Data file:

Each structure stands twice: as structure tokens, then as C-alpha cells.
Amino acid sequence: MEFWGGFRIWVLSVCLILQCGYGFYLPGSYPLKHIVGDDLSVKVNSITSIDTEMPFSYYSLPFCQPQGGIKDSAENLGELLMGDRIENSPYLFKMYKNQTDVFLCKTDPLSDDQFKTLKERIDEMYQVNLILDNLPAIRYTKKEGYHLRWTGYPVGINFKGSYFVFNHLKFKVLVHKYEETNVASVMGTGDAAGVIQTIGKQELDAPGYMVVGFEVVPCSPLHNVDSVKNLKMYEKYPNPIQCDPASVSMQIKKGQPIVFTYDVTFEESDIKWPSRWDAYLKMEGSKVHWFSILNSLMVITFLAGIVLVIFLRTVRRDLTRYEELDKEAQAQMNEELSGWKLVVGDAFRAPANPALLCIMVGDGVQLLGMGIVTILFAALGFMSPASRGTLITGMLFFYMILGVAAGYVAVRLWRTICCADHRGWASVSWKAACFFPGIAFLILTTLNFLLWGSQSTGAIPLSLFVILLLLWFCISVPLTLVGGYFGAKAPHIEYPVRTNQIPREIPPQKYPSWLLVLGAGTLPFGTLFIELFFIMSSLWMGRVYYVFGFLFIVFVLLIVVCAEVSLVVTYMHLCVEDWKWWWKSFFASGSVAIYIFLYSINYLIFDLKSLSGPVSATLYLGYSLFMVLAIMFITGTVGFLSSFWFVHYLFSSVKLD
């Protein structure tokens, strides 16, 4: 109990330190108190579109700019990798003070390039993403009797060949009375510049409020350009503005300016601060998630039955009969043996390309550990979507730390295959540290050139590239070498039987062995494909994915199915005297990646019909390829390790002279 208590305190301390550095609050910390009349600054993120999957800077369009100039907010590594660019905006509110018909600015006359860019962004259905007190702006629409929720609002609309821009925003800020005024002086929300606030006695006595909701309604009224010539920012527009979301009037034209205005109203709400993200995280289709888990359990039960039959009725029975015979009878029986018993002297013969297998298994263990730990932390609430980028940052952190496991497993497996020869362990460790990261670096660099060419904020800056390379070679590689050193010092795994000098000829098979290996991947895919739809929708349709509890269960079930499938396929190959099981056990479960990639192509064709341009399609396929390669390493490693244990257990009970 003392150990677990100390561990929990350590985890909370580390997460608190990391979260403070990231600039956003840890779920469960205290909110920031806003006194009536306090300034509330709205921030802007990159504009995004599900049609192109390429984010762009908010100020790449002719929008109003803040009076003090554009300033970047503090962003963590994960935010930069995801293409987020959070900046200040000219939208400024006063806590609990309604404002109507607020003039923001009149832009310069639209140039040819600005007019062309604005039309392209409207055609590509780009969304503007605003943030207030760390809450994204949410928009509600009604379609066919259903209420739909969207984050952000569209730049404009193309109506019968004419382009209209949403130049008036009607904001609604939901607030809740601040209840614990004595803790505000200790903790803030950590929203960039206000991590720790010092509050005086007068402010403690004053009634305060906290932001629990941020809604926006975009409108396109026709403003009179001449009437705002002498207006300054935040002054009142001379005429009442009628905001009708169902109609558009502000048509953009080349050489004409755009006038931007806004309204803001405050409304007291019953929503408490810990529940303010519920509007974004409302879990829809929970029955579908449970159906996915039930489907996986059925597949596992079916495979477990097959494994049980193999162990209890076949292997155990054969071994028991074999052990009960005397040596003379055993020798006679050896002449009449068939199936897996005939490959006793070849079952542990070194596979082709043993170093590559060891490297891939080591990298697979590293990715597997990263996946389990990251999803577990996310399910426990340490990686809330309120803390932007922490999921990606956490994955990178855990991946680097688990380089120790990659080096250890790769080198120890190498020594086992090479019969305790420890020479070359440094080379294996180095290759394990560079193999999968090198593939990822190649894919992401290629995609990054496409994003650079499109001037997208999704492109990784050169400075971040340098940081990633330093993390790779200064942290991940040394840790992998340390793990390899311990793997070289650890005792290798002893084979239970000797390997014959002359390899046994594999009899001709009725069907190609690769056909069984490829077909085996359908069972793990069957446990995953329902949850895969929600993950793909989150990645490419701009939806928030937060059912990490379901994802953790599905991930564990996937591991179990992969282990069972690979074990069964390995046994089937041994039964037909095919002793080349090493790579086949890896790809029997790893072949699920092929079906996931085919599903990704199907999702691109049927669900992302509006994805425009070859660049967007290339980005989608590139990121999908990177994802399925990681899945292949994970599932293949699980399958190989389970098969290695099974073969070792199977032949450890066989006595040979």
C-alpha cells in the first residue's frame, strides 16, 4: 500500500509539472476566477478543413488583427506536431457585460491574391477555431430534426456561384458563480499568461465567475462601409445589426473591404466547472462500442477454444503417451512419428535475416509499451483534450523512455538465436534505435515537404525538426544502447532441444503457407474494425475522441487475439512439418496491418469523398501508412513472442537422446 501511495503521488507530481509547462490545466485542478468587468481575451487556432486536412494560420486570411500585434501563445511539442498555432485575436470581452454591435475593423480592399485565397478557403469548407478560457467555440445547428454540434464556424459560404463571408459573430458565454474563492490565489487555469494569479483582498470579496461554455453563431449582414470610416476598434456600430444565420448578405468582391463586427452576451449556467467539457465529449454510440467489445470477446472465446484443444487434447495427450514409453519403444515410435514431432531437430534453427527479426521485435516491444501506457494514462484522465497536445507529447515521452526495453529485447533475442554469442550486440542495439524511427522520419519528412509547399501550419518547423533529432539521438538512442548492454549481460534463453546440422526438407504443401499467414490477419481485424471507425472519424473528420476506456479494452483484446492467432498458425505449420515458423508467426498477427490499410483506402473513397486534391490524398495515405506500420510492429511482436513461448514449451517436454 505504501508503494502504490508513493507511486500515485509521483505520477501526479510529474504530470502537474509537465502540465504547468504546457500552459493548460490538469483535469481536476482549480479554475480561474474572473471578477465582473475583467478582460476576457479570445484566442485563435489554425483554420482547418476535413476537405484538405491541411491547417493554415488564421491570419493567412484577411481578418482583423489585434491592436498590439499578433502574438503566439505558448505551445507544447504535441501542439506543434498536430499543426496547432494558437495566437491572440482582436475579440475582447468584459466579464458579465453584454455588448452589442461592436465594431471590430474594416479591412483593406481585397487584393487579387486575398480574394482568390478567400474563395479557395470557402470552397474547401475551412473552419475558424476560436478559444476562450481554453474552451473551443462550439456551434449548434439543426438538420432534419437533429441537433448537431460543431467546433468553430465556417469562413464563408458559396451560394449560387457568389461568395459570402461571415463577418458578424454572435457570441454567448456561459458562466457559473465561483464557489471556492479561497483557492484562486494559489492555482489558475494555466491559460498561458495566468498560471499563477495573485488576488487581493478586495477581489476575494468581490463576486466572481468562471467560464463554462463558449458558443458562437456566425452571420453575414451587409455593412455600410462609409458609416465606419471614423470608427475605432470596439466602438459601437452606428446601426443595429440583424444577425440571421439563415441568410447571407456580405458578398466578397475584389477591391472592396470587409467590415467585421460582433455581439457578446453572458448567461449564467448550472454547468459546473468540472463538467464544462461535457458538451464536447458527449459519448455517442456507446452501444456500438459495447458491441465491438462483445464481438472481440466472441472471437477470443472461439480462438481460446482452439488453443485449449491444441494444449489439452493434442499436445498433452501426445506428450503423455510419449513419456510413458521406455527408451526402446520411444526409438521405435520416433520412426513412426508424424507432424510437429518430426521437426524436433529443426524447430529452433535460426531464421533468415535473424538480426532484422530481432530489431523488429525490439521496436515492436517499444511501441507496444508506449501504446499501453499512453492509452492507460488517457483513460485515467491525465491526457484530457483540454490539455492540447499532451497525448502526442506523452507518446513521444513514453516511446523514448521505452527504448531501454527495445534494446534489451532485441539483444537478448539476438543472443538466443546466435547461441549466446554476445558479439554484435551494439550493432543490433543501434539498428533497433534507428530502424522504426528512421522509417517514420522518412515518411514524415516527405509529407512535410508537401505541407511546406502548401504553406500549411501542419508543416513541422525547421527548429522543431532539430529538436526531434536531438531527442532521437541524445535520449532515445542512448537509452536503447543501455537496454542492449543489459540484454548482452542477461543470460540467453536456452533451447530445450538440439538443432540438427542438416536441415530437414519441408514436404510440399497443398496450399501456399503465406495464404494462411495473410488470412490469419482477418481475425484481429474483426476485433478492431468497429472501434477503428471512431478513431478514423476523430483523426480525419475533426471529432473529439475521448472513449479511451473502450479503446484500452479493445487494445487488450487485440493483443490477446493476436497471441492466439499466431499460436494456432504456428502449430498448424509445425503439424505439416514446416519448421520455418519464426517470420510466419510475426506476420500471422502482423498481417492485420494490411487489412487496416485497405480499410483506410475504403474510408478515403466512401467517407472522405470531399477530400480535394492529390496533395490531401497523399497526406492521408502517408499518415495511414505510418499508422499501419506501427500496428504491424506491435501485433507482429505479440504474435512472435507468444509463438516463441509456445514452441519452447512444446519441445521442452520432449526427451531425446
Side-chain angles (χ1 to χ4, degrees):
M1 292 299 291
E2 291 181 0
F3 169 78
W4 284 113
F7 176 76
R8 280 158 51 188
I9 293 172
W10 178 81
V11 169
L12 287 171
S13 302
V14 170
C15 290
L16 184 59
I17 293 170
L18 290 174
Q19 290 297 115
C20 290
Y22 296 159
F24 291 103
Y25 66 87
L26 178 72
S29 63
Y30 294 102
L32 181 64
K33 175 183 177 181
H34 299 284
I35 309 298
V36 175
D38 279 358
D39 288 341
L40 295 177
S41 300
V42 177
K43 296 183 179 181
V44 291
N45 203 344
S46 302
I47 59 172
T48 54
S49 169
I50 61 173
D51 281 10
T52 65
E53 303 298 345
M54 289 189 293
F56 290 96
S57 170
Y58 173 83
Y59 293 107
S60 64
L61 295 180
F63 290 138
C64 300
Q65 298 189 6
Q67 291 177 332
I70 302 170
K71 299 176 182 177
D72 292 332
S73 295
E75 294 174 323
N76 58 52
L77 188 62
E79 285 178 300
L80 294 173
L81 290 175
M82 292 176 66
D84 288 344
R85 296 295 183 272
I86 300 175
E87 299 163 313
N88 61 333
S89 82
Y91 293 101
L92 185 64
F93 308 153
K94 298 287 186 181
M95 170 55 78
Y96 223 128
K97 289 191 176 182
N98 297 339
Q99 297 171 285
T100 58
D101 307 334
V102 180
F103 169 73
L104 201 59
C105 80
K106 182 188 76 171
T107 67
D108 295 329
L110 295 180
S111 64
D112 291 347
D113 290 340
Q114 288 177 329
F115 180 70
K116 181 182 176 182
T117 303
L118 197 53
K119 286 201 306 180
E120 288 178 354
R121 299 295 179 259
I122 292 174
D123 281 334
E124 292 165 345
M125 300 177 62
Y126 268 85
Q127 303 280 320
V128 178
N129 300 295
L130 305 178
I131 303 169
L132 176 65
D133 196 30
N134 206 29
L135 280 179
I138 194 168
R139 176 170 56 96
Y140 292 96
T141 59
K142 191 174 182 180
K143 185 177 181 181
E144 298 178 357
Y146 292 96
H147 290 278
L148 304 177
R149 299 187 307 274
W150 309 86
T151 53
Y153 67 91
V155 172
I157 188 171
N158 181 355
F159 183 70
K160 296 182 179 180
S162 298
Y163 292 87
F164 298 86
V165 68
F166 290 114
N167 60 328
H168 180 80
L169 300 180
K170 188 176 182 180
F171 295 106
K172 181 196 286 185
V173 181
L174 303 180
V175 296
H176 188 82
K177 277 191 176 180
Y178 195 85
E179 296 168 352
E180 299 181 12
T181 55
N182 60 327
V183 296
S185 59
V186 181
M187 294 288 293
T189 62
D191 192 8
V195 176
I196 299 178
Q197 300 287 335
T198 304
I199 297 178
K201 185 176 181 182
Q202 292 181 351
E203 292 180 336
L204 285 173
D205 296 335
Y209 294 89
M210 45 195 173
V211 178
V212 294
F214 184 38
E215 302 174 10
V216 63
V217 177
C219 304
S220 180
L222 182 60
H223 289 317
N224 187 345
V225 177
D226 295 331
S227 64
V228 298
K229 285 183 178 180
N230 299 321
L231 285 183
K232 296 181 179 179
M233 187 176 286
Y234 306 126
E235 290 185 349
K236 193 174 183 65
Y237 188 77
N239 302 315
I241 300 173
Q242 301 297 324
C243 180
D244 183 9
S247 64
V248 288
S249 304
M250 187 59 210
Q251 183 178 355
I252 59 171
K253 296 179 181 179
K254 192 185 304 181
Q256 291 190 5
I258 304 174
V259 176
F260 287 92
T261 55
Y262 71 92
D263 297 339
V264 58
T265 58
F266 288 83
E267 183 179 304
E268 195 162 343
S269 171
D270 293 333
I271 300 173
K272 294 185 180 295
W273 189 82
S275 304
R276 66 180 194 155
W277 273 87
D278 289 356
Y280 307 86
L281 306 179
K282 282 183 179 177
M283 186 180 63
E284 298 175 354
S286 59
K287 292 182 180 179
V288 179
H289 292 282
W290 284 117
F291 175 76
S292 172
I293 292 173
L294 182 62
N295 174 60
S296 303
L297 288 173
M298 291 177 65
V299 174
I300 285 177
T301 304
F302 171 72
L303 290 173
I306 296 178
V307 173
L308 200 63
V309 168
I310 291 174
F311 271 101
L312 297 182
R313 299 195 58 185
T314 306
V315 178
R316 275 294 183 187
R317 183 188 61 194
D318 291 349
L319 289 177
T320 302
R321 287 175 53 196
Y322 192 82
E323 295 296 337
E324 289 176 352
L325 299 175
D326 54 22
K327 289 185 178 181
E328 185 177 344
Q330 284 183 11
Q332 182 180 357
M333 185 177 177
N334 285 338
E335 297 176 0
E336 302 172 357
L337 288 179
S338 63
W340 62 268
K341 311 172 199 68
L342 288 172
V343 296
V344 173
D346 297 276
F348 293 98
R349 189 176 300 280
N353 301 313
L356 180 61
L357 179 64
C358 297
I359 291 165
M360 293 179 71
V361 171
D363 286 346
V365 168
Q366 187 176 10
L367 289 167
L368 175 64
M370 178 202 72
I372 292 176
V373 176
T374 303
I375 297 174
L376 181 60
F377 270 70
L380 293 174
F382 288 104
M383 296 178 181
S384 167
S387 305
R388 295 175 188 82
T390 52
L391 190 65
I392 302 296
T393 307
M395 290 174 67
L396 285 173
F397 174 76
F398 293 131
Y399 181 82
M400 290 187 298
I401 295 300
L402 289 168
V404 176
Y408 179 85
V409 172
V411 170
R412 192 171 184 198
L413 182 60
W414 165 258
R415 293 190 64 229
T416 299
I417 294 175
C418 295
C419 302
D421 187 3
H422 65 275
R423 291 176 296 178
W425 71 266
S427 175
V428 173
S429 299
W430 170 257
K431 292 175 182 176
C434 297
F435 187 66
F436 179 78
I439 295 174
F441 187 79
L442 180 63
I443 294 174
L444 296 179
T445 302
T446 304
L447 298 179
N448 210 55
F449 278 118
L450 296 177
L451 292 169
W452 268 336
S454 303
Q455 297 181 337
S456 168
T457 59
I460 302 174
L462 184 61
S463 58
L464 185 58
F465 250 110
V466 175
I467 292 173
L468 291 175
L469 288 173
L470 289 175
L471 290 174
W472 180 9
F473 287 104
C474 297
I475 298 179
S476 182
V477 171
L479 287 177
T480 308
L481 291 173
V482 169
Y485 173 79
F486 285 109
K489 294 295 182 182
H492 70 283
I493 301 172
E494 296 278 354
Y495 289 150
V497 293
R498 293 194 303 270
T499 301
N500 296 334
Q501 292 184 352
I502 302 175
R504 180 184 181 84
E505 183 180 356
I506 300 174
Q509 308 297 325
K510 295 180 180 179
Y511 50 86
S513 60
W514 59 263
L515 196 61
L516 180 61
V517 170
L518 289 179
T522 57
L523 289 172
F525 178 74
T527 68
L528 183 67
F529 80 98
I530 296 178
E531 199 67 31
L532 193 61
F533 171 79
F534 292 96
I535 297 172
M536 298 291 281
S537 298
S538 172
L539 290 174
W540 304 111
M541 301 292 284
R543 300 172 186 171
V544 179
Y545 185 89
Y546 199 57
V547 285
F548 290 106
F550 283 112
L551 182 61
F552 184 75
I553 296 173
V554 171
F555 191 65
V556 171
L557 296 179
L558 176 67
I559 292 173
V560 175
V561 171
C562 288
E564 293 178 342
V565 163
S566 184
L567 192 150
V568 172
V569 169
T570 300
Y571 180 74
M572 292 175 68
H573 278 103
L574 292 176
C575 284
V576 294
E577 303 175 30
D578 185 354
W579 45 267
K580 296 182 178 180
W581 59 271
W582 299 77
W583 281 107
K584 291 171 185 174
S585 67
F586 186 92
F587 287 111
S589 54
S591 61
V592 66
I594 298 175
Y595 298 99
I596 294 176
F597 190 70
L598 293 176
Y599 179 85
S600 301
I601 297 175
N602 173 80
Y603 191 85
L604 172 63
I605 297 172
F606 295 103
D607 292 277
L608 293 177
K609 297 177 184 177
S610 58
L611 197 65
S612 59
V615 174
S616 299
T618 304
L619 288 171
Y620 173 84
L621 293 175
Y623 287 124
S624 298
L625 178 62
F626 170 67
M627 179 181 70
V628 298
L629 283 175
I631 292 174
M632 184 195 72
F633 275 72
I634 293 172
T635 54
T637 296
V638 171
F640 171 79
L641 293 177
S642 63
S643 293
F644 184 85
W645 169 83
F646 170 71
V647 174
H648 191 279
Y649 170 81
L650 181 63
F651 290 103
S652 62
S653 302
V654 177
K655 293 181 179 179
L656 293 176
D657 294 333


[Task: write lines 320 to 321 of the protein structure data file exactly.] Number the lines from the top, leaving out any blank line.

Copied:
L380 293 174
F382 288 104